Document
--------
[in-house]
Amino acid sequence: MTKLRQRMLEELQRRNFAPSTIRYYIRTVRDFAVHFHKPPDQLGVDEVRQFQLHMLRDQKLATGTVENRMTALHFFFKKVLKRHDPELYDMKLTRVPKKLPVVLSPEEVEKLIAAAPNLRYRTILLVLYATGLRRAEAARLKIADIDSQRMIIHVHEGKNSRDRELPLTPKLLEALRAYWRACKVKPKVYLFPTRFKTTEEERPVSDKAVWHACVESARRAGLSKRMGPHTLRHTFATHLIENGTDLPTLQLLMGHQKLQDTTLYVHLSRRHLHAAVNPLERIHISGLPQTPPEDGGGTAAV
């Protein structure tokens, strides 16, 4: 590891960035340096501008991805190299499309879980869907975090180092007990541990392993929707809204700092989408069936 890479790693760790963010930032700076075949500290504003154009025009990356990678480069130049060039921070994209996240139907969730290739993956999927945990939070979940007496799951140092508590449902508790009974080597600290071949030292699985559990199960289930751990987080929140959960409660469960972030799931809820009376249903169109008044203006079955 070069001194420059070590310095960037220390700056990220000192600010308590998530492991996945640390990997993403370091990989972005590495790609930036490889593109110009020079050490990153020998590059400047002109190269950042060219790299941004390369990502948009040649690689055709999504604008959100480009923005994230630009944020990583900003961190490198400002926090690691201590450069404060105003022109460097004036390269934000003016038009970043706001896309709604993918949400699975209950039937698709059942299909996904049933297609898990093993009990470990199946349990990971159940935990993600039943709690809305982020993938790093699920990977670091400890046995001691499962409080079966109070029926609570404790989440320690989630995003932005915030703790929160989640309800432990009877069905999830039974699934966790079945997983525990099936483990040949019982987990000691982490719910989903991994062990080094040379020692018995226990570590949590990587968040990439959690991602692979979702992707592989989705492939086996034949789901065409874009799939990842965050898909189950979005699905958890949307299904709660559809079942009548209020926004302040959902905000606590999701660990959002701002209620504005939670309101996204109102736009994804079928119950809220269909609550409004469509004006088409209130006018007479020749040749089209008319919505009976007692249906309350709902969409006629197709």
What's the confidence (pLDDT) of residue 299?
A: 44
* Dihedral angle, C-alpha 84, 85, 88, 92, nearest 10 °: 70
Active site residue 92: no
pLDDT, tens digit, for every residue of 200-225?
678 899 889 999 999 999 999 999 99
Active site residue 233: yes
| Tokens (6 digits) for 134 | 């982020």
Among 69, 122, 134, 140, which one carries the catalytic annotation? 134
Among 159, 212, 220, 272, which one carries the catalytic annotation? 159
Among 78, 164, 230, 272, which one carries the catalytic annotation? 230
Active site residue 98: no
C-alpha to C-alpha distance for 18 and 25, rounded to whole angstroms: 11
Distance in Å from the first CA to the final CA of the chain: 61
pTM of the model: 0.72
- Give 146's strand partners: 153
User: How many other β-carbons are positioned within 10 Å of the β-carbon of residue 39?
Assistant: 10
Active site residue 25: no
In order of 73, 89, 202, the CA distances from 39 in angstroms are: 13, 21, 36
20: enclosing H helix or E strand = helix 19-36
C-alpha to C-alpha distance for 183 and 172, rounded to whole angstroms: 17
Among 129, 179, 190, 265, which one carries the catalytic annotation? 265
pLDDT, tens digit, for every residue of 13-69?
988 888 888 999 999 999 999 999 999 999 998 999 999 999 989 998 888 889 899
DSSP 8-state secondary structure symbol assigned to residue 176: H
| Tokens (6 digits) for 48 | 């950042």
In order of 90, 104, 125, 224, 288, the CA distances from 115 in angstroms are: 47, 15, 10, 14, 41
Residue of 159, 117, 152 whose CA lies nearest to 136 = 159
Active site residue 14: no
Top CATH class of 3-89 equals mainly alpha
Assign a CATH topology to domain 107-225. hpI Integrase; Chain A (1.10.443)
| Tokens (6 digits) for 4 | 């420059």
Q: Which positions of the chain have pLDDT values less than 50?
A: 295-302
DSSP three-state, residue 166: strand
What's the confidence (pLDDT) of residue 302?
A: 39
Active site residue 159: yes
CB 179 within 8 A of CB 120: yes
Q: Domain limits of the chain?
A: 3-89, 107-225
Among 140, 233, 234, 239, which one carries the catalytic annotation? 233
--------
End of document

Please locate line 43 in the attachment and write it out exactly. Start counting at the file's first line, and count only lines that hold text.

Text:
CB 179 within 8 A of CB 120: yes